The Kissinger/Nixon Presidency bullied its way to eventual defeat in the eyes of the American people.
Soros/Obama is repeating the same formula but from another, much Redder and very Islamic corner of the very Bipartisan, Kissingerized and Progressive New World Order....
The Soros’ obvious and undeniable objective, after having “broken the Bank of England,” is to teach Barack Obama how to destroy the United States of America as we have known it. He’s off to a very good start with his disciple and philosophic doppelganger.
There is, of course, a bizarre psychological syndrome in a Jewish Godfather and his blatant exploitation of a decidedly pro-Islamic politician with the name of Barack Hussein Obama.
Karl Marx and his Communist philosophy explains it all. Marx was Jewish as well … and perversely anti-Semitic....
To short or bet against the prosperity of your fellow man is precisely the mentality of all three major madmen of the 20th Century: Hitler, Stalin and Mao.
Life is not a horse race … but you can’t tell George Soros that.
Because Hitler was destroyed in World War II but both Stalin and Mao thrived, George Soros and, unfortunately, the likes of Henry Kissinger and many in the conservative corner of America, see a Marxist New World Order as “scientifically inevitable”.
“There is nothing Man can do to stop it!” “We will bury you!” as the Soviet Nikita Khrushchev prophesied.
Apparently Soros and Obama are here to throw the last few shovels filled with dirt into the graves envisioned by Khrushchev that will hold American bodies....
Why don’t all the citizens of America have blood shooting out of their eyes in rage?!
We are actually 1930’s Europe....
Now the new Kissinger is George Soros.
Soros puppeteers Obama in the same way “Dr. K” ultimately led Nixon to his utter humiliation.
Let’s hope to see the same outcome for the Soros/Obama Puppet Show that befell Kissinger/Nixon.
There's stuff I cut out about Marx and an odd Brazilian side note, but you get the gist. Or maybe you don't, because I'm not completely sure I understand what the man is saying. As near as I can figure, Moriarty is asserting the following:
1. George Soros is Obama's Henry Kissinger;
2. George Soros is a Jewish, Marxist, radical lefty who, because he shorts assets, wants to bring down the United States.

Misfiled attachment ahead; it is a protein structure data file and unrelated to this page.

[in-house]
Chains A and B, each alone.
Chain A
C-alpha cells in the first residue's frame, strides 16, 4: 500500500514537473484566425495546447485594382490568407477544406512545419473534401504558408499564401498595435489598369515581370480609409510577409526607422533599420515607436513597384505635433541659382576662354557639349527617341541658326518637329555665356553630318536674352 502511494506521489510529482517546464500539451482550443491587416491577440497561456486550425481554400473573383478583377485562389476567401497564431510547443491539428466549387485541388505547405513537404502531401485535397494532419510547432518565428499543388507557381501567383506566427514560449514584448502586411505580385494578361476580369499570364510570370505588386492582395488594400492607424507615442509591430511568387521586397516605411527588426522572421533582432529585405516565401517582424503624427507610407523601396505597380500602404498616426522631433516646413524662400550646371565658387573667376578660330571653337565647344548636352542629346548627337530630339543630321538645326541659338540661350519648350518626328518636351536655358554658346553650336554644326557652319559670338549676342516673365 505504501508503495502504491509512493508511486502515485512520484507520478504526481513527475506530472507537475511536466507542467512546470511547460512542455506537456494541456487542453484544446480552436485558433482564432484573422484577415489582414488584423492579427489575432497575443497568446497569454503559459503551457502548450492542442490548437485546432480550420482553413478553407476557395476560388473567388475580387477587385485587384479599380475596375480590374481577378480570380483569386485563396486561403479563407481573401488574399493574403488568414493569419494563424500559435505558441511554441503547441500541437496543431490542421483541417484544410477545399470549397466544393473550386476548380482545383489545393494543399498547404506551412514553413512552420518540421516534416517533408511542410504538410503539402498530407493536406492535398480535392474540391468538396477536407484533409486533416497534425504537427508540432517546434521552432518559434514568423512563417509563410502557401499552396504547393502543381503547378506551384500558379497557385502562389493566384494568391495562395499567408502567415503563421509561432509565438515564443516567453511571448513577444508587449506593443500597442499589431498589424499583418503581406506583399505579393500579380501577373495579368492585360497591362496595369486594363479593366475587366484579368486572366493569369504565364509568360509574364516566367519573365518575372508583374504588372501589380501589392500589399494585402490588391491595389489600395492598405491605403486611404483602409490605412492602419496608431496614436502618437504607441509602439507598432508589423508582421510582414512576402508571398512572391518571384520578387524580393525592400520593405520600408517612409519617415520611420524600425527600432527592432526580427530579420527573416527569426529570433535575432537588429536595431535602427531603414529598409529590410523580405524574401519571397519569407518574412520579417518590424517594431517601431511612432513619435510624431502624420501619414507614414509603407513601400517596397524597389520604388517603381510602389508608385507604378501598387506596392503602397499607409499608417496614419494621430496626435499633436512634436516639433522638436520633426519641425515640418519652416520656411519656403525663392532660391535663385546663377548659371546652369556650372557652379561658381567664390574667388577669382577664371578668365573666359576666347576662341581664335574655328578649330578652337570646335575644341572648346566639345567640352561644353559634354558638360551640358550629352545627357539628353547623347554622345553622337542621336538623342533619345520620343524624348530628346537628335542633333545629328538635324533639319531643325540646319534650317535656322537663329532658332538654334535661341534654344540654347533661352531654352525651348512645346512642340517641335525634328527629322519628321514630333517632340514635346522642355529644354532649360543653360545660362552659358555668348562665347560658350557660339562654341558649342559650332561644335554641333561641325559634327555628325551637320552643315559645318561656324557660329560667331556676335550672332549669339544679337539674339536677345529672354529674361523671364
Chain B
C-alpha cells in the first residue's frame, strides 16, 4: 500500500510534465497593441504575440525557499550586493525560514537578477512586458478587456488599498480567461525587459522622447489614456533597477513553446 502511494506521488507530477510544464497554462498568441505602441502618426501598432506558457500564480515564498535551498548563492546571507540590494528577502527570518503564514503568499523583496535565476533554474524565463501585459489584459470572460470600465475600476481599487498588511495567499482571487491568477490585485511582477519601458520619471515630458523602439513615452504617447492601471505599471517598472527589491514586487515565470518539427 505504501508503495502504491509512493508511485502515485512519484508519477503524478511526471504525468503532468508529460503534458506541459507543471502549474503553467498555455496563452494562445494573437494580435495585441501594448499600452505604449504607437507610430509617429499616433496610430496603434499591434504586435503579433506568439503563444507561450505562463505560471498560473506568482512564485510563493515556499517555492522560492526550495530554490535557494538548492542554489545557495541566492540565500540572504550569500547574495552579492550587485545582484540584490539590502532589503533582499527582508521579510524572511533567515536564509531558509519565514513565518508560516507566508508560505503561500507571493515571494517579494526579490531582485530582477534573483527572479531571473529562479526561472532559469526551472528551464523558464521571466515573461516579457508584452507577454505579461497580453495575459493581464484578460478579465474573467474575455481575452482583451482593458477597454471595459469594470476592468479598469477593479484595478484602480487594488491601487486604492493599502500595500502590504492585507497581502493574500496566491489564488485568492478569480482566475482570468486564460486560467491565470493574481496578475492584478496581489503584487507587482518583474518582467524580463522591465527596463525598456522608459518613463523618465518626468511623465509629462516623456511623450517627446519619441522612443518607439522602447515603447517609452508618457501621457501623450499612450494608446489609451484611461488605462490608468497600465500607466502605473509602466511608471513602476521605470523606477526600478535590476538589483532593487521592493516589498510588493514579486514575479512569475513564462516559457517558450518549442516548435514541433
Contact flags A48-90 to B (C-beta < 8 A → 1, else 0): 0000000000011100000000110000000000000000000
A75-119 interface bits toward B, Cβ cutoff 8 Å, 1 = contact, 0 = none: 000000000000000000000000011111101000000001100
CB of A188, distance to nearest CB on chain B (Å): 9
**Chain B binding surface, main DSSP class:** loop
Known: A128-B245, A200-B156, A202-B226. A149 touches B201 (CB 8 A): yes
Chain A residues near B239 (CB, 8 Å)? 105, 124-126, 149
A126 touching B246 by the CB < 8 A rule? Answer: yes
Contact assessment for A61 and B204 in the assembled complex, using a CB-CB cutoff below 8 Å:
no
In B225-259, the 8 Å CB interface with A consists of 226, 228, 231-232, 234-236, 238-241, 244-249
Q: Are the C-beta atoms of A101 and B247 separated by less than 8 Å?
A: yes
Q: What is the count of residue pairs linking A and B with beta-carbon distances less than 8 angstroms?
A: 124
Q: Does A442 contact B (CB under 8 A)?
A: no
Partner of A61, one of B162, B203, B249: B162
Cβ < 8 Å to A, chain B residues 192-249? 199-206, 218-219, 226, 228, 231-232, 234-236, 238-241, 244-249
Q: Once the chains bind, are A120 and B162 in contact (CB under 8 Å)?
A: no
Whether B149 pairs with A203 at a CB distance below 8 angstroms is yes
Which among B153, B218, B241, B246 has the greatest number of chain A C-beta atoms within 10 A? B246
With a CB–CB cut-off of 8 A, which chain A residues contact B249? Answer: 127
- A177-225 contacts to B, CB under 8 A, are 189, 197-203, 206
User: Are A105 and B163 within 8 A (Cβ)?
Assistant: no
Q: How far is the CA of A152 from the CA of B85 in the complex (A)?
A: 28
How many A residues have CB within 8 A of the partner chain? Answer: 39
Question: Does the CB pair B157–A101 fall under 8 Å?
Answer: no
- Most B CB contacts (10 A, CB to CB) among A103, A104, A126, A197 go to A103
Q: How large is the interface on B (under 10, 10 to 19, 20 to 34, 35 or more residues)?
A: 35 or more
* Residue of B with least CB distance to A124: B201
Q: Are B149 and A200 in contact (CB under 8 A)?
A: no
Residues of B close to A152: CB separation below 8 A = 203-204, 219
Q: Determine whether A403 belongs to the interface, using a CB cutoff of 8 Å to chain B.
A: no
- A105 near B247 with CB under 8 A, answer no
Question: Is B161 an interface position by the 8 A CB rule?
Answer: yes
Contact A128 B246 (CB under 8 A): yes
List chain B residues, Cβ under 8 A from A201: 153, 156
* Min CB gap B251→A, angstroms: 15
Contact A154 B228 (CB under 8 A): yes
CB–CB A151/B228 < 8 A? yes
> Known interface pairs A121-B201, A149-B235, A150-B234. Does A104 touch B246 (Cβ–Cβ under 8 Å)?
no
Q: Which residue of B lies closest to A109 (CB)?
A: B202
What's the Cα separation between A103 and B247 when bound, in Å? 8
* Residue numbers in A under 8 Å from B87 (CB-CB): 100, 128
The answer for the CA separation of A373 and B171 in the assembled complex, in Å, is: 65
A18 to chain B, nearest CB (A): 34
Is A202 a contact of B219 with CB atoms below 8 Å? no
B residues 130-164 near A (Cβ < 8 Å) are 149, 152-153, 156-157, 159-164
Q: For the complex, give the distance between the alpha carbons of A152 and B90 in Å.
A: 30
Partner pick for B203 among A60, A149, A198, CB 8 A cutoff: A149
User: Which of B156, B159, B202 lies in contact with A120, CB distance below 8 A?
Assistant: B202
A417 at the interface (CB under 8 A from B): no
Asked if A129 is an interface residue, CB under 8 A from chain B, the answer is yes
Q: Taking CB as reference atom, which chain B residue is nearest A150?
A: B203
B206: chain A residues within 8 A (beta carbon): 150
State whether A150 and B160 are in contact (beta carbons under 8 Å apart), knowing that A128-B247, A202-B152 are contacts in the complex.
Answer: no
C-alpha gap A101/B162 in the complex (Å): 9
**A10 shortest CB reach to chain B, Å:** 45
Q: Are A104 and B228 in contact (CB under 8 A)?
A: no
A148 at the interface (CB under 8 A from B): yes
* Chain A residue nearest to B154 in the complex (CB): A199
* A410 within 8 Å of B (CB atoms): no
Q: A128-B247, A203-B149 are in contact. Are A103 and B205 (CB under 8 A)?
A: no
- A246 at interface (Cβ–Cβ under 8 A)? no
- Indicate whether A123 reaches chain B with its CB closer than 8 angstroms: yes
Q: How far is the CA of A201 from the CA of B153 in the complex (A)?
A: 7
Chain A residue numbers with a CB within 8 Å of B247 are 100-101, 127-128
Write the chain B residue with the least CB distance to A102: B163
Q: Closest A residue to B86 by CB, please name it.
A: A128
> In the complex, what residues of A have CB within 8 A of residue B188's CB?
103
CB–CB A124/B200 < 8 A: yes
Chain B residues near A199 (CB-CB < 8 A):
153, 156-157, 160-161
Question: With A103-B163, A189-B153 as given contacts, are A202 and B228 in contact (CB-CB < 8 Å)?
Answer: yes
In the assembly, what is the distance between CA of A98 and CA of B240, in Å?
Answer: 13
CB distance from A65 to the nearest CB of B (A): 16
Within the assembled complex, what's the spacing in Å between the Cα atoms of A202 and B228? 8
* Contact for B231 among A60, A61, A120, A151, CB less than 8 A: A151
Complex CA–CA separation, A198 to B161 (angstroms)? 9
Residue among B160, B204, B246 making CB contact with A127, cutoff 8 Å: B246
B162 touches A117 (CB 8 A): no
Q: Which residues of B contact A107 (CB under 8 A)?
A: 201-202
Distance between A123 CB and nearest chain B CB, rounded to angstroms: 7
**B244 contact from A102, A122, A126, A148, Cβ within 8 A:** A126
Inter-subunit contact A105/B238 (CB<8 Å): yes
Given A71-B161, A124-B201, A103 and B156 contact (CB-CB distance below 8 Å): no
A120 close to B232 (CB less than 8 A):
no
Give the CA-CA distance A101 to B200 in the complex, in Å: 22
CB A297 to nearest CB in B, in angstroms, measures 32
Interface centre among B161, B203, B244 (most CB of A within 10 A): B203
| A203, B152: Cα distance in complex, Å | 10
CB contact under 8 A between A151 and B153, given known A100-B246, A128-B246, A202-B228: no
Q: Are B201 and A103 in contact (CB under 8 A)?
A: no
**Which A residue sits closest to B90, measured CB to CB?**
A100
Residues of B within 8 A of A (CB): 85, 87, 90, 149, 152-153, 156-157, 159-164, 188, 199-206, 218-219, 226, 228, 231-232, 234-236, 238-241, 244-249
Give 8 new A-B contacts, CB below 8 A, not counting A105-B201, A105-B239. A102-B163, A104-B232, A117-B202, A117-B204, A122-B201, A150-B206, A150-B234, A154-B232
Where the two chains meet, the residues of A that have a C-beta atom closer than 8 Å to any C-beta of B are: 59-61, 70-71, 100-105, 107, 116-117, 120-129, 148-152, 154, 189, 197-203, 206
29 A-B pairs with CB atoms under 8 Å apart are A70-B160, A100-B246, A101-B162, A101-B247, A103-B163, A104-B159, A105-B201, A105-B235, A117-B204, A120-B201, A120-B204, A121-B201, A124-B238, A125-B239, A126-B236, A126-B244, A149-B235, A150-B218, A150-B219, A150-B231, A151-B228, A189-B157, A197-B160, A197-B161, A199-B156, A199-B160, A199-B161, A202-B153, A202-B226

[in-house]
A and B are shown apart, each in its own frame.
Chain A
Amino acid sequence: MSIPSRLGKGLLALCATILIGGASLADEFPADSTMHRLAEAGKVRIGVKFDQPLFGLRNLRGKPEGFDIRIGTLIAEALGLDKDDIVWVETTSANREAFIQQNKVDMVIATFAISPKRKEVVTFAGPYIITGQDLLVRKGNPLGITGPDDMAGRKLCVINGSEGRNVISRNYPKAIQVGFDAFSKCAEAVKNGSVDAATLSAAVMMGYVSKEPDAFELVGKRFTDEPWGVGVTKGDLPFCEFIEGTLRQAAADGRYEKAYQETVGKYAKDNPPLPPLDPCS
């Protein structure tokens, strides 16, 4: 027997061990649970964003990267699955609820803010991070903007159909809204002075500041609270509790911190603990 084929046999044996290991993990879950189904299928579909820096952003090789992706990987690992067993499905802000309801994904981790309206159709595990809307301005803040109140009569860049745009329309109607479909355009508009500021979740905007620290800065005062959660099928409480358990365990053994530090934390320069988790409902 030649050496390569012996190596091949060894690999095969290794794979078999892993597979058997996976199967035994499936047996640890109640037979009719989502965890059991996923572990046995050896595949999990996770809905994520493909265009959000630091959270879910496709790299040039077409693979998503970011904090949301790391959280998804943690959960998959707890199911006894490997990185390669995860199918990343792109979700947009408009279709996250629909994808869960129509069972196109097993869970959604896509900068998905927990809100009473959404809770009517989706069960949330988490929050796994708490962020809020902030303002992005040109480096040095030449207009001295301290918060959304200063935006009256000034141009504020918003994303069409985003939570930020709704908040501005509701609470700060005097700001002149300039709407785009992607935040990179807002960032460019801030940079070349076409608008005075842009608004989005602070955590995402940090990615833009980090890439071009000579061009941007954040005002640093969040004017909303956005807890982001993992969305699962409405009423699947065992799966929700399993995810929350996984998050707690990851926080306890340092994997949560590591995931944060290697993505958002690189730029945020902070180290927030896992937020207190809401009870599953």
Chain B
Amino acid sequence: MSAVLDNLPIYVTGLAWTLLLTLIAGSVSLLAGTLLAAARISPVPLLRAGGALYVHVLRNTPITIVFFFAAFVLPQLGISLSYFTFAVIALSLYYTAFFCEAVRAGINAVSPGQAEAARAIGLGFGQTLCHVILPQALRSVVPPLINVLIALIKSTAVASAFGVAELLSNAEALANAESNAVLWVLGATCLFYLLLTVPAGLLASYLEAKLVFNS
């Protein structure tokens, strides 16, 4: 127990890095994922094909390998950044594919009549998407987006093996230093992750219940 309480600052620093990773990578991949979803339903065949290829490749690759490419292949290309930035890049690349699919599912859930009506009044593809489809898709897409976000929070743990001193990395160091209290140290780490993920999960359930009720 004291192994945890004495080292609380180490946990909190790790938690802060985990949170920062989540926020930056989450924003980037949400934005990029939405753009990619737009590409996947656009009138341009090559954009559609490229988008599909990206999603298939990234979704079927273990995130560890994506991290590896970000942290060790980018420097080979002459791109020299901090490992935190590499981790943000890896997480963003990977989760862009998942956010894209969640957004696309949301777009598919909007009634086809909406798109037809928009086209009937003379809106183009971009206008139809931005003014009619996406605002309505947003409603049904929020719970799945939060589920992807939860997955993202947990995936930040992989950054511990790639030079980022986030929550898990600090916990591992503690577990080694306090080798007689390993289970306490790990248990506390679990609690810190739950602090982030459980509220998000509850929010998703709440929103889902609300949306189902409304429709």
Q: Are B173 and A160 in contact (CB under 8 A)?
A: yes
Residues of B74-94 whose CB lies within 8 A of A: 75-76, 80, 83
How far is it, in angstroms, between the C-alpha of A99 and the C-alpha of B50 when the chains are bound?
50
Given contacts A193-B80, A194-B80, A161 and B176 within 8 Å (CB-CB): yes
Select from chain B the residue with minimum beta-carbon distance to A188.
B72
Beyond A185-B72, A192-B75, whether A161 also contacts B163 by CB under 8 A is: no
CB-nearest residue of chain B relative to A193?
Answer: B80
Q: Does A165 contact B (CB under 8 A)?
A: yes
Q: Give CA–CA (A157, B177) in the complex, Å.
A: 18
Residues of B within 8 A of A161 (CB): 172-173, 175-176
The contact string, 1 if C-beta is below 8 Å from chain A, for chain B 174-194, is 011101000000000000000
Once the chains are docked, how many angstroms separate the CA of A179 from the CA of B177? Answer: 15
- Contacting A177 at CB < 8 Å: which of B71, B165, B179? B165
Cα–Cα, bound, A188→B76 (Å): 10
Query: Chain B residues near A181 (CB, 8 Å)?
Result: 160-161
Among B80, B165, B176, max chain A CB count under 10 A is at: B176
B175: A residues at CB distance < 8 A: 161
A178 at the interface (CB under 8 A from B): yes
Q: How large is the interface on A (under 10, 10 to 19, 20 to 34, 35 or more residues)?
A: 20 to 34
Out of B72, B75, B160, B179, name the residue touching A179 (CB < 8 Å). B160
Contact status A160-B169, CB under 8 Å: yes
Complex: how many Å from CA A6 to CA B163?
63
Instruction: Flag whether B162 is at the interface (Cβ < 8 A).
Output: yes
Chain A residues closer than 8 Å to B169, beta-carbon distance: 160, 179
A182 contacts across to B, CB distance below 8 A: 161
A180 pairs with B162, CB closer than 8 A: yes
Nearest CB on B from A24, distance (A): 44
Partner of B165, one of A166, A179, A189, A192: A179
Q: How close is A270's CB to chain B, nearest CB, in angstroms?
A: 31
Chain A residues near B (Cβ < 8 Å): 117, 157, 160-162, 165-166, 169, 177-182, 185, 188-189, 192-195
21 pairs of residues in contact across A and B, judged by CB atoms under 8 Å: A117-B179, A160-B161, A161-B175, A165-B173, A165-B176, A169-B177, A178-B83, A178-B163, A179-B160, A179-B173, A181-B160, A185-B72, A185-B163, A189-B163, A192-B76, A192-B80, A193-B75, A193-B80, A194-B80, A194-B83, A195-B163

If Moriarty could make those charges stick, well, pass me the popcorn, because that would be some interesting news. However, Moriarty provides zero, repeat, zero facts to back up these claims. Seriously, I see no evidence of Soros' alleged influence over Obama, nor do I see any evidence of Soros' desire to bring down the United States. In the end, this is an incoherent screed by a former famous person in which a lot of false comparisons are made and no truth is provided.
Perhaps Moriarty's essay is uncharacteristic of the output on Big Peace. If not, I must come to the conclusion that Big Peace has gone Vizzini on the phrase "unvarnished truth." I think of that term to mean "the speaking of unpleasant, inconvenient, but nevertheless iron-clad truths." Big Peace appears to interpret that term to mean "unadulterated innuendo and horses**t."
The whole beauty pageant brouhaha reminds me that I have an article in the U.K. Spectator about the rise of political paranoia and discontent in the West. The opening paragraph:
Polio vaccines in Nigeria are part of a Western plot to make African women infertile. Foreign zombies are replacing indigenous labourers in South Africa. Barack Obama was born in Kenya and is a secret Muslim who hates the United States and wants to institute ‘death panels’ to govern the healthcare system. The United States triggered the earthquake in Haiti to expand America’s imperial reach.
Go read the whole thing and see if I'm onto something.... or whether the powers that be have gotten to me already.
[I'm noticing a trend of zombie references pervading your work. What's up with that?--ed. Oh, you're just being paranoid.]
Daniel W. Drezner is professor of international politics at the Fletcher School of Law and Diplomacy at Tufts University.